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July 26, 2004 - Image 10

Resource type:
Michigan Daily Summer Weekly, 2004-07-26

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10 - The Michigan Daily - Monday, July 26, 2004


Continued from Page 1
hdusing crunch has resulted, lead-
ing University Housing to devise a
plan that would provide residence
hal space for all first-year students
who requested it by the deadline.
The plan gave upperclassmen
who signed a lease to live in Cross
or Coman House in the Vera Baits
Residence Halls for the upcoming
year an option to either terminate
their lease, or relocate to NW I, II
or III and pay the same price as
they would have in Baits. In turn,
some families residing in those
three Northwood units were asked
to relocate to the larger and more
expensive NW IV and V but pay the
same price as their old apartments.
This relocation plan will result in
the housing of 30 percent of all
incoming freshman on North Cam-
pus in Bursley and Baits Residence
Halls, the transformation of NW I,
II and III to housing for undergrad-
uates, graduates and families and
the reduction of Family Housing to
NW IV and V.
"The idea that they are taking
(NW) I, II and III forever means
they are taking away low-income
housing - the (families) applying
right now and next year don't have
that option," said Marty Mechten-
berg, a graduate student who lives
in NW IV with his family.

Other than the protest staged on
Friday, residents of Family Housing
met last week with University Hous-
ing officials to list their demands and
to try to negotiate a plan that would
better cater to their needs.
Among the officials who are
working with Family Housing resi-
dents is Alan Levy, director of
housing public affairs. Levy said
the essential move of upperclass-
men to Family Housing would take
place regardless because it was the
only way to make room for the
incoming freshman class. However,
he said the University would con-
tinue working with residents of
Family Housing.
"We are doing whatever we can
do to be as flexible as we can with
respect to the concerns they are
raising," he said. "We have extend-
ed a number of deadlines, we are
establishing two ongoing commit-
tees to work with Housing ... in
regard to the environment in Family
Even after meeting with the
administration, however, residents
of Family Housing that oppose the
changes feel that their concerns
have not been properly addressed.
One concern that ranks high
among most of them is what they
call the deterioration of the interna-
tional community that resides with-
in NW I, II and III.
"International students ... would

have no connection to the University
like they do now," said Mechtenberg.
His wife Abigail, a Rackham student,
added that the tight-knit community
that exists in Family Housing allows
residents to depend on each other for
babysitting and cooking - a commu-
nity that may be lost when undergradu-
ates move in.
"It's not because the undergradu-
ates are bad but because there's a
lifestyle difference," she said, citing
single undergraduate mothers who
lived in Family Housing so their
children would not grow up in an
"undergraduate environment."
While preservation of the com-
munity is a concern for most Fami-
ly Housing residents, others' anger
is purely pitted against the adminis-
tration's inability to inform them
earlier of the relocation.
Families residing in NW I, II and
III were notified through e-mail or
mail on July 13 that they could ter-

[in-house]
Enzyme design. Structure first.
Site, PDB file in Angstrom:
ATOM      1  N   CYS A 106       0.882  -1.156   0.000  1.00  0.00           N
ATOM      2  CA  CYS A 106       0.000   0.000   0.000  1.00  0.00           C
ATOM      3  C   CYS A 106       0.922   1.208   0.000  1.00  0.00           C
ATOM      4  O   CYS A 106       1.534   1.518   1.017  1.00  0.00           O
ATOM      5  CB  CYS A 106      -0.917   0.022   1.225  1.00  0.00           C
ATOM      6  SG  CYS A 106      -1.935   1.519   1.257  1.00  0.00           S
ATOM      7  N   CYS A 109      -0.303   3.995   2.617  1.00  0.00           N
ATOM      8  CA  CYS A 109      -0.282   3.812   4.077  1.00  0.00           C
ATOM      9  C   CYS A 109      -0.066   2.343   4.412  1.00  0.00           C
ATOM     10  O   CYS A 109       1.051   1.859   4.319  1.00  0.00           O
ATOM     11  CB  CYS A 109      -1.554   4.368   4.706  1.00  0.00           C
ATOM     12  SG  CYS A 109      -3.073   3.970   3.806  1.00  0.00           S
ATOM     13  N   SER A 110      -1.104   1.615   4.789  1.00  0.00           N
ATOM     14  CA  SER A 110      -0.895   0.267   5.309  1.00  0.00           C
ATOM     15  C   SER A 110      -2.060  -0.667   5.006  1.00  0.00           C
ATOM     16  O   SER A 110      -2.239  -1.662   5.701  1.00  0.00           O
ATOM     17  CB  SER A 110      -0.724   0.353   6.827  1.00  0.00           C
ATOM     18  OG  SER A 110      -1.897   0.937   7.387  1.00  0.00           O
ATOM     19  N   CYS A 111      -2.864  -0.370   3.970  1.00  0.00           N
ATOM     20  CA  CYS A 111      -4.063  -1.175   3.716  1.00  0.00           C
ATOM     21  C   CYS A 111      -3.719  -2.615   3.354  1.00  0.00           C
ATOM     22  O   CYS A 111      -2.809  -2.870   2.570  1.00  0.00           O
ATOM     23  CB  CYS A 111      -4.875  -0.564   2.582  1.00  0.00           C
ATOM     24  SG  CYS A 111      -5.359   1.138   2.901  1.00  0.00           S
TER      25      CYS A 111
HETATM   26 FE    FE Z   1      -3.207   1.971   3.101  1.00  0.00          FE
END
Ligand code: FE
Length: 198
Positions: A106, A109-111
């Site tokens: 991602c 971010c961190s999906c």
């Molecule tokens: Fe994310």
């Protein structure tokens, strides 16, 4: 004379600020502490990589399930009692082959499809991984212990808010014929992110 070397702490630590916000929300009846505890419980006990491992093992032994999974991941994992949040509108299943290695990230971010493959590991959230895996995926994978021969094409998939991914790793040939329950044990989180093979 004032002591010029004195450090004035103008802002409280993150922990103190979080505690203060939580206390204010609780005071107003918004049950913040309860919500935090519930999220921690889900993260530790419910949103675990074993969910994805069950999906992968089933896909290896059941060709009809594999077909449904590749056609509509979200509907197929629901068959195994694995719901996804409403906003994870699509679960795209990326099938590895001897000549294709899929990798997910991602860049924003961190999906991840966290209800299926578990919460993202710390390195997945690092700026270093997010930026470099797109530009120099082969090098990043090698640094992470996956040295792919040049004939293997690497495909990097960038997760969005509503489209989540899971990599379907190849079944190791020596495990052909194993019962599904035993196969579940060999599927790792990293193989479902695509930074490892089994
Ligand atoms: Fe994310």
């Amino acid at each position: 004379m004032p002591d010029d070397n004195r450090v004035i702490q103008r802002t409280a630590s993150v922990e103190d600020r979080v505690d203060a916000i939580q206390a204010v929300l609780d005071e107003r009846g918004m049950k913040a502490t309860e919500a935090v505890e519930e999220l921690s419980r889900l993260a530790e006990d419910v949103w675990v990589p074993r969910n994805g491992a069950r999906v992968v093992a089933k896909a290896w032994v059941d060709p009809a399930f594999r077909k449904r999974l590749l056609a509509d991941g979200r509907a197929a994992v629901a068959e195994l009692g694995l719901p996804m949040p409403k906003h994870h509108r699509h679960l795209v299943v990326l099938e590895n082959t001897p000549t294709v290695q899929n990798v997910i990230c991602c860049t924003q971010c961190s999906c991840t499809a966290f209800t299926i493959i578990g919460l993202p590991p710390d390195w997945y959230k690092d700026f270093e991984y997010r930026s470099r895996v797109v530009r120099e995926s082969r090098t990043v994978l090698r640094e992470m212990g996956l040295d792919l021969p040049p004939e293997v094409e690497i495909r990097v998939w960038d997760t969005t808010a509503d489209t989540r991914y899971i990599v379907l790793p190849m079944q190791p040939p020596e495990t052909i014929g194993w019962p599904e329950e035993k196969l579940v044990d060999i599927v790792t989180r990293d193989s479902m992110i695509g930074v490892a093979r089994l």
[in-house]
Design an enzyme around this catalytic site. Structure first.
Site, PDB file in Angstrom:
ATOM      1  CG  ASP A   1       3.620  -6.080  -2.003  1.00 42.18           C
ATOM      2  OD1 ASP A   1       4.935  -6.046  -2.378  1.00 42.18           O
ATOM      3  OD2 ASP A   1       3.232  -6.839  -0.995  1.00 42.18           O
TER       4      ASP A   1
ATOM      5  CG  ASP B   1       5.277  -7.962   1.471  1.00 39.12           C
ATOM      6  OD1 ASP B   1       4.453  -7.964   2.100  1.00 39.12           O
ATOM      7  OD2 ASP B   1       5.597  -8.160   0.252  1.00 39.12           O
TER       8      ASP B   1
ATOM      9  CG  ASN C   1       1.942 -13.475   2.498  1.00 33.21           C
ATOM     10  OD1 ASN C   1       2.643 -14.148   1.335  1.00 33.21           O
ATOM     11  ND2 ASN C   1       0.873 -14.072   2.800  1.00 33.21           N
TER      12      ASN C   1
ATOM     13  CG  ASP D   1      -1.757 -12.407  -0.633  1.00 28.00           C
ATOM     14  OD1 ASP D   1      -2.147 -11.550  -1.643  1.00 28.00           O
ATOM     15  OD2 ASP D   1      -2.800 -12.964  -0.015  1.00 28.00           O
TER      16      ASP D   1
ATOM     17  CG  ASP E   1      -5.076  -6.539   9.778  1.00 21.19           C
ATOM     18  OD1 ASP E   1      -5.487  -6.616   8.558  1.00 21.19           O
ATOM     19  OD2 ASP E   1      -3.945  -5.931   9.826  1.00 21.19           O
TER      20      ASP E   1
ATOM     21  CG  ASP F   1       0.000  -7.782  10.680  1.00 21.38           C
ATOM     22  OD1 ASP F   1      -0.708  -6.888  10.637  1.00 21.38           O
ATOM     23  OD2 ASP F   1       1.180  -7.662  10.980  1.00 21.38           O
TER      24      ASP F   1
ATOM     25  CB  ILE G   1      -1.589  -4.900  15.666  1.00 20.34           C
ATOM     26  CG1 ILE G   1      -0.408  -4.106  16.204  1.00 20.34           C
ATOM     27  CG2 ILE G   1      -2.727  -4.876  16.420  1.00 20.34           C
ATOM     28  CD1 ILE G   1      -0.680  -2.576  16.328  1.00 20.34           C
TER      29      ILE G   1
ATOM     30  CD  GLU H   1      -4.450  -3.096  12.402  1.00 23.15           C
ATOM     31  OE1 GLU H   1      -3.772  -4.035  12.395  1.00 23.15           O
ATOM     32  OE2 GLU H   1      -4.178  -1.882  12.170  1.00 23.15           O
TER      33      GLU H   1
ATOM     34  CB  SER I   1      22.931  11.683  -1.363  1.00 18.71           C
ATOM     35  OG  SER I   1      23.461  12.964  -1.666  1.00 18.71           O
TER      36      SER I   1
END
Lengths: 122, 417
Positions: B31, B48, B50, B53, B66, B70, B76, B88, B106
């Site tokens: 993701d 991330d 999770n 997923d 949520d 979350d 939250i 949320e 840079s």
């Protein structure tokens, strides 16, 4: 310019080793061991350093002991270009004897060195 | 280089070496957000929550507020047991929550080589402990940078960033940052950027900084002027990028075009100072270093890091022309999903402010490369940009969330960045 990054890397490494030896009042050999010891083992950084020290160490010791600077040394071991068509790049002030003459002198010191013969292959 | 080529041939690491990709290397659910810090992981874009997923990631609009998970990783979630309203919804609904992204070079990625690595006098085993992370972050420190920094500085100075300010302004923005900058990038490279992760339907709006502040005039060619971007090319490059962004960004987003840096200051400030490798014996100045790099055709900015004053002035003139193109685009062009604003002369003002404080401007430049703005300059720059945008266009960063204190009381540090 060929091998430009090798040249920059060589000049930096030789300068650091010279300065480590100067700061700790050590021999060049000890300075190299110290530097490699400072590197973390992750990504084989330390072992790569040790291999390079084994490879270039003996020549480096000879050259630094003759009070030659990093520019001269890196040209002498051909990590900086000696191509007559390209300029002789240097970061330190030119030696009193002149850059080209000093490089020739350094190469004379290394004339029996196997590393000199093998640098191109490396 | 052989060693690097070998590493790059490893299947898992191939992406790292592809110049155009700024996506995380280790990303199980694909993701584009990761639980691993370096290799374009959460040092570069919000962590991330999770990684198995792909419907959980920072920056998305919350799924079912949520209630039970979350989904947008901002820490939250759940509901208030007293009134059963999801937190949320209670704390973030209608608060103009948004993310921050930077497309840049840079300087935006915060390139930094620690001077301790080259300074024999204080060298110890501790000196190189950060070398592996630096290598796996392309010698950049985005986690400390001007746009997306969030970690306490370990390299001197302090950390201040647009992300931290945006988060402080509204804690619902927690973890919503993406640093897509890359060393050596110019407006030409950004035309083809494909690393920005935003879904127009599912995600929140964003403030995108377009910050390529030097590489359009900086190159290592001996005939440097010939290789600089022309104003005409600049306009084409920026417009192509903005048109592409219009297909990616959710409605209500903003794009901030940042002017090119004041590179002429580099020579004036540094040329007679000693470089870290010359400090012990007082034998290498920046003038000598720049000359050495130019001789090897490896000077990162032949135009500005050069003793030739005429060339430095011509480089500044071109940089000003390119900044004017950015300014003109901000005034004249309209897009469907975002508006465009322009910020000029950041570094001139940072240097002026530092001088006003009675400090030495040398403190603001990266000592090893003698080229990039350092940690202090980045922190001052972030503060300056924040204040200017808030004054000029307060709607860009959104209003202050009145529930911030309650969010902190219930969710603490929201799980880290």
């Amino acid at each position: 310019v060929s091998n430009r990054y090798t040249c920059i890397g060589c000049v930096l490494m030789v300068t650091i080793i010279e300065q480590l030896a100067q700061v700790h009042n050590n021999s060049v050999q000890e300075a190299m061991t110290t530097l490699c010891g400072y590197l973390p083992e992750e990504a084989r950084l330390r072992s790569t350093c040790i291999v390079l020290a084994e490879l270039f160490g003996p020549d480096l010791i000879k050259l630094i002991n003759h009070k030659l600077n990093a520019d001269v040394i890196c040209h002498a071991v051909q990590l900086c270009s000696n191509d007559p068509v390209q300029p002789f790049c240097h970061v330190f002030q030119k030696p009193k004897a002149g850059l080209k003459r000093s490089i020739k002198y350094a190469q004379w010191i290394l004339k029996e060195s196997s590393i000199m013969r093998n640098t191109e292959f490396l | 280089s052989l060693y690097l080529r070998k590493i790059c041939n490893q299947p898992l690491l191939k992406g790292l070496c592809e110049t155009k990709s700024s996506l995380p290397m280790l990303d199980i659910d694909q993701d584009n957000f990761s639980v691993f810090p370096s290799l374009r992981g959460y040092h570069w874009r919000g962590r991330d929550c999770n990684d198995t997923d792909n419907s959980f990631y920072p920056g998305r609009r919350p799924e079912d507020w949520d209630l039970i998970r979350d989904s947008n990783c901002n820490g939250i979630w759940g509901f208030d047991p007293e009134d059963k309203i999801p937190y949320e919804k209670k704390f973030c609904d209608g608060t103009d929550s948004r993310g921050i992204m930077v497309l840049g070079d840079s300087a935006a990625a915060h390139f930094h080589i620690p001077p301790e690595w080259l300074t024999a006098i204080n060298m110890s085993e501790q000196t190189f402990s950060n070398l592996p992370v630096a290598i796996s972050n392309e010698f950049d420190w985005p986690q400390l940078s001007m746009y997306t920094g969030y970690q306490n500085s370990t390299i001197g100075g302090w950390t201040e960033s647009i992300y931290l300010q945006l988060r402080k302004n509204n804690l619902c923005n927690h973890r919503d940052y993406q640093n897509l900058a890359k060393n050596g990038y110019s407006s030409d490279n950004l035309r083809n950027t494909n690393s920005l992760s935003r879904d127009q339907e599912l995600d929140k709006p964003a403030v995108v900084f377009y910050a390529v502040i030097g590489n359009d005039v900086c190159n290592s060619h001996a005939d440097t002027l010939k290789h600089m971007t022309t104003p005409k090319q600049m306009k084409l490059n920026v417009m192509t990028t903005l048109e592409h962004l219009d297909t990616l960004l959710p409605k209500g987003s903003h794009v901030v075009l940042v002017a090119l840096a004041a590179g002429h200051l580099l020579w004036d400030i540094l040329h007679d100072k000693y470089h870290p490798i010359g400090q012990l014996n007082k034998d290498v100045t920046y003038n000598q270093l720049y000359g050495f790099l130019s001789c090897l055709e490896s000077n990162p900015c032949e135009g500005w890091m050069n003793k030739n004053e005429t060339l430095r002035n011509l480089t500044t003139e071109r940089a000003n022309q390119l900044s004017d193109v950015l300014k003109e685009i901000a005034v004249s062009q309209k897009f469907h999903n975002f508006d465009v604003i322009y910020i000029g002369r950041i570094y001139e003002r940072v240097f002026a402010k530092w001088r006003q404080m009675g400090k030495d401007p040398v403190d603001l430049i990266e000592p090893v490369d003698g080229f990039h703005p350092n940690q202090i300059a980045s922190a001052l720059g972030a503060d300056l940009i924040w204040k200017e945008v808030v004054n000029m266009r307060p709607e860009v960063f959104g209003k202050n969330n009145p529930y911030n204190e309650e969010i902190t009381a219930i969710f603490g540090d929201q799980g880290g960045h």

minate their lease, remain in their
current location or apply to relocate
to an apartment in NW IV or V.
They have until this Saturday to
make their decision.
Albee-Scott said she contacted
Levy in April to confirm rumors
about the possible housing of under-
graduates in Family Housing and was
told that this was not the case. But
many residents of Family Housing
claim that the University has been
turning away applicants to Family

"It's not because the undergraduates are bad *
but because there's a lifestyle difference."
- Abigail Mechtenberg
NW IV resident

Housing since April in anticipation of
a large freshman class.
Levy dispelled the rumors saying
that the University could not make
a confident estimate of its incoming
class until after the May deadline
for freshmen to send in their enroll-
ment deposits. He added that the
housing deadline was even later and
therefore, the number of first-year
students who would need residence
hall space was not known in April.
"There is no question that the
timing is not what anyone would
have chosen. Our general rule of
thumb is if something is changing,
we would want to give current resi-
dents a year's notice," he said.
Director of Housing Carole
Henry denied other rumors that
funds from Family Housing would
be used for the moving costs of
those that were relocating or be put
towards maintenance of NW I, II
and III. She added that Housing
was working continuously to meet
the needs of families on North
Campus, particularly through the
creation of two new committees.

The Overall Quality of Life com-
mittee will examine playground
equipment, laundry, parking and
other facilities in Family Housing
while the Community Standards
committee will oversee safety and
security measures. Henry added
that expansions of laundry and
transportation services were also
"We are trying to work with our
families. We are trying to do every-
thing we can to minimize the dis-
ruption to any families, or
students," she said. Questions resi-
dents may have are addressed on@
the University's housing website.
Still, those who protested Friday
said the University is acting selfish-
ly and putting on a facade through
meaningless meetings.
"The housing administration just
wants money," said Lily Morishima,
a resident of NW IV. "They don't
care about community. (They) did-
n't talk to us ... and only think of *
the money to be earned from the
undergraduates. This is very dirty,"
she said.


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